Re: Virtual Destructor - Implication & Specification

From: (Dave Harris)
Mon, 9 Apr 2007 09:55:16 CST
<> (Le Chaud Lapin) wrote (abridged):

2. Class-specific new/delete

In my haste, I made an error. #2 Does _not_ solve the new/delete
mismatch problem.

Why not?

I've read the thread, and despite all the verbiage I don't see a clear
explanation of why this doesn't work if the class-specific new/delete are
not inline. Most of the thread is about explaining why virtual destructors
do work, which I already understand (and I consider to be implementation

If we have code like:

    // One.hpp
    struct One {
        void *operator new( size_t );
        void operator delete( void *, size_t );
        One *make();

    // Two.cpp
    #include "One.hpp"
    int main() {
        One *p = One::make();
        delete p; // Which delete does this invoke?

    // One.cpp
    #include "One.hpp"
    #include <cstdlib>

    void *One::operator new( size_t sz ) {
        return malloc( sz );
    void One::operator delete( void *p, size_t ) {
        //std::cout << "Here\n";
        free( p );

    One *One::make() {
        return new One;

It seems to me that the language guarantees that the delete expression in
Two.cpp will invoke the class-specific delete operator in One.cpp. Are you
saying that does not happen with VC++? If so, are you also saying that
this is standard-conformant, or is it an implementation-specific quirk of
how Microsoft implements DLLs?

Or are you saying that execution does reach the class-specific operator
delete, but that it somehow calls the wrong version of free()? If so, that
again would be hugely surprising to me. The calls to free() and malloc()
are in the same compilation unit so how can the compiler get it wrong?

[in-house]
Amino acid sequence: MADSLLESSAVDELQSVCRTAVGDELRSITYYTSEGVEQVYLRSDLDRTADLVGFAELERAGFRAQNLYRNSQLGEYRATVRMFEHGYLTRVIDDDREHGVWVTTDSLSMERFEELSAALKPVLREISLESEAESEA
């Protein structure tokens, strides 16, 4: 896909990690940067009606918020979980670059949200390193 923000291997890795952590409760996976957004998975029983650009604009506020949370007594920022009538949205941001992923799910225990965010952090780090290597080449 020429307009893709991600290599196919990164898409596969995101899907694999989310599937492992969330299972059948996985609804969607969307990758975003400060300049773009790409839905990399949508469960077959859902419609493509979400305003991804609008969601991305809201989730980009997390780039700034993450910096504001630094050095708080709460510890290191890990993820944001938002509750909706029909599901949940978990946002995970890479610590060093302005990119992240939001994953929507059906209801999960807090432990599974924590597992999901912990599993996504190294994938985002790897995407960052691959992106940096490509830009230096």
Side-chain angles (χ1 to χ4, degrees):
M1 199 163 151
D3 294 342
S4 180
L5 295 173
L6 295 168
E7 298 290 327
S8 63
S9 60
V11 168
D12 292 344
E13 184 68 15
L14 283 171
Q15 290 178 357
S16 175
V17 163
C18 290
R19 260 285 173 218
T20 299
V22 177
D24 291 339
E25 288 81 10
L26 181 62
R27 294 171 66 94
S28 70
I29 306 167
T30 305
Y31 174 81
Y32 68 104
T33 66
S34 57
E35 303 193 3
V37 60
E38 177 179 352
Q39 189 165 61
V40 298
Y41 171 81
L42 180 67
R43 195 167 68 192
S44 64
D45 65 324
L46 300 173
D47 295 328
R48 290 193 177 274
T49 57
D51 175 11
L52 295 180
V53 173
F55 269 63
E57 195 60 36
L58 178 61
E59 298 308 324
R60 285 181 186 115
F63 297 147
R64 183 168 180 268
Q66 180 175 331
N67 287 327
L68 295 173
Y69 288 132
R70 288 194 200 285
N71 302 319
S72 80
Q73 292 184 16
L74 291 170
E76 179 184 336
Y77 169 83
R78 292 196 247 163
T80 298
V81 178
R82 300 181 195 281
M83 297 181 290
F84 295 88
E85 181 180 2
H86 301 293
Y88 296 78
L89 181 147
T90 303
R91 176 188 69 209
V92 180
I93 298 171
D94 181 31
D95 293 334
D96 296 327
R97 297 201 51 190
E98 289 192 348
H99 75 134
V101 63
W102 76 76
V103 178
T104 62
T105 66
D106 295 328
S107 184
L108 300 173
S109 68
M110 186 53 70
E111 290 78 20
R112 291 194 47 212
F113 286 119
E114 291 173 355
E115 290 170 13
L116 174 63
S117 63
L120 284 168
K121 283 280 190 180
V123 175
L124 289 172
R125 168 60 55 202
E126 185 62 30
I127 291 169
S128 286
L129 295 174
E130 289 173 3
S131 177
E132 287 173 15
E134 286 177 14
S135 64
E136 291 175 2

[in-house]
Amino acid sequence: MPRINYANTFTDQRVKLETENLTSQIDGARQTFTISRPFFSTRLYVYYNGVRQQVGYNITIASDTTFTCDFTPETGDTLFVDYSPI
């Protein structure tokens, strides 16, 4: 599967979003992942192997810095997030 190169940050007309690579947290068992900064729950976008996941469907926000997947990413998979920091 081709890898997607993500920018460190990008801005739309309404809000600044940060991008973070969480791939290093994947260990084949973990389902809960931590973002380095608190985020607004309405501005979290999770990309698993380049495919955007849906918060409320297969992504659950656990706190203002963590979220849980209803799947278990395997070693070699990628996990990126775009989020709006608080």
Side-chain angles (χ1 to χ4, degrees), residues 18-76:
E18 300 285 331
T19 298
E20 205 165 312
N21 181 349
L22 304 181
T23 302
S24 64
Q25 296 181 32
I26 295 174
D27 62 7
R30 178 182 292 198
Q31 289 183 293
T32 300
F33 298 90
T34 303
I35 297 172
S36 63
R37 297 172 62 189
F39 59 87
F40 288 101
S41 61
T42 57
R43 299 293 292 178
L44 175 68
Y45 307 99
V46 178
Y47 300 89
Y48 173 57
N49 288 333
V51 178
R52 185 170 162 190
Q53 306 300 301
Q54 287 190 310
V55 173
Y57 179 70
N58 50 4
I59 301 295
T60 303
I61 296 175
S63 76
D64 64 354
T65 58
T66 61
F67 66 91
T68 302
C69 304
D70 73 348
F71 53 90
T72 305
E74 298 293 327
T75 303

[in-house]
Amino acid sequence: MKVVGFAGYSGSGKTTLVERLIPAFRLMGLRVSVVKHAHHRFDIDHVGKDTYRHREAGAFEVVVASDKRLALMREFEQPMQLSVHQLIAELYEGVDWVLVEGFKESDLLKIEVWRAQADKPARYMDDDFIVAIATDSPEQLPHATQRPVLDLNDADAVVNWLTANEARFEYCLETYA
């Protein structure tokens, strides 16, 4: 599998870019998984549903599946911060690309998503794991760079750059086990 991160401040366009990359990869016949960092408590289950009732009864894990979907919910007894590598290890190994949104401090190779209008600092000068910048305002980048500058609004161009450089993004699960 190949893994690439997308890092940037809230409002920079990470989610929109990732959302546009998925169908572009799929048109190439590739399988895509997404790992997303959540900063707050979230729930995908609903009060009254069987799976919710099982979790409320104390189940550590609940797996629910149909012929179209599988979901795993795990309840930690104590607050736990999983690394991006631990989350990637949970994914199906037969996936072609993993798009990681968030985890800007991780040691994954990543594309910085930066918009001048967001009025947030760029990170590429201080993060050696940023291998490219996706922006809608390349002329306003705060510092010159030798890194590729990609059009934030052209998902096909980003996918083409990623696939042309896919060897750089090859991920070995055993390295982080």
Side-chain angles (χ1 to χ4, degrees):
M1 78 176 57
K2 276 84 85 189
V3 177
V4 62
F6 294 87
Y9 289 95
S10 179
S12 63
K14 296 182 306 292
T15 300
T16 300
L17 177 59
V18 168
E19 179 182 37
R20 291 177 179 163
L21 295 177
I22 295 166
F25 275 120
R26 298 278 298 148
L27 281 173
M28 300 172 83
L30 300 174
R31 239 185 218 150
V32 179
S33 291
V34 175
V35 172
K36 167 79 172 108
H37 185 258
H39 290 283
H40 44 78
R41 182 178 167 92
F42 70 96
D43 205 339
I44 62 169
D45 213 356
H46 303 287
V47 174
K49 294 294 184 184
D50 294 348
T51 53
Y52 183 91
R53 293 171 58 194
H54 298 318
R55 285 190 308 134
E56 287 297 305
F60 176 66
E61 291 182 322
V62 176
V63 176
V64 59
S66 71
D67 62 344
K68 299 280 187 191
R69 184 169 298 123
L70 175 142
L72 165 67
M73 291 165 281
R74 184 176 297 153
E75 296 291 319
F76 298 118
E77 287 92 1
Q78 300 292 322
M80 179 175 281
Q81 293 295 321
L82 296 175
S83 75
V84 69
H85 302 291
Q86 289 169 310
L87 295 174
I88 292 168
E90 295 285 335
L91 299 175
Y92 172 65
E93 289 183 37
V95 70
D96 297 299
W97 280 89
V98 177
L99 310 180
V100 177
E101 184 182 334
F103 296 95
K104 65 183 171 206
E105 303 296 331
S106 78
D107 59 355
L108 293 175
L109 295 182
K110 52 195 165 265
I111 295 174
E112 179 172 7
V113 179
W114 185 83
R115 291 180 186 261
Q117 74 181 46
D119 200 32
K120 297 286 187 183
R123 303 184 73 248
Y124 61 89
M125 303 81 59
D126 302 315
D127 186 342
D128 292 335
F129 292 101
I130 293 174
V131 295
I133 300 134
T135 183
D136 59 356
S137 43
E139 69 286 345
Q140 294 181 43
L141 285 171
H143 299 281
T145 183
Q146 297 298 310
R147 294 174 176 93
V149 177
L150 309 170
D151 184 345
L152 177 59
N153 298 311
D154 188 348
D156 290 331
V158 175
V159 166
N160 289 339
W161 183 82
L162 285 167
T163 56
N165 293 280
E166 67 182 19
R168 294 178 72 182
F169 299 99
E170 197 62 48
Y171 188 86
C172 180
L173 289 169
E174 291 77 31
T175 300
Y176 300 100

If we had declared the class-specific new and delete inline, then they
would end up in different compilation units and effectively find different
versions of malloc() and free() in scope. We'd have a kind of violation of
the One Definition Rule. Then I would not be surprised if it went wrong.
We need the definitions to be out of line.

(Add to the code whatever extra declarations Microsoft needs to export and
import the functions. I don't have access to VC++ at the moment to test
this. Also, I wanted to show the code in pure form to be clear about the
expected behaviour if DLLs are not involved.)

This is actually what my colleagues keey saying, which I keep refuting.

I sympathise with them. Are you sure your refutations didn't define the
class-specific new and delete inline?

This just goes to show that, if you hear incorrect information often
enough, you start repeating it.

It's not a matter of repeating what I've heard, it's a matter of what
makes sense given the C++ language definition. At this point I would like
to know whether I've misunderstood the standard (in which case please give
details), or whether this is just some idiosyncrasy of VC++ (I won't call
it a bug because it involves DLLs, but I want to), or what.

Finally, elsewhere you have talked about a Virtually_Destructible template
which works around this problem. Everyone who reads this thread ought also
be aware of boost::shared_ptr, which also provides a solution.

-- Dave Harris, Nottingham, UK.

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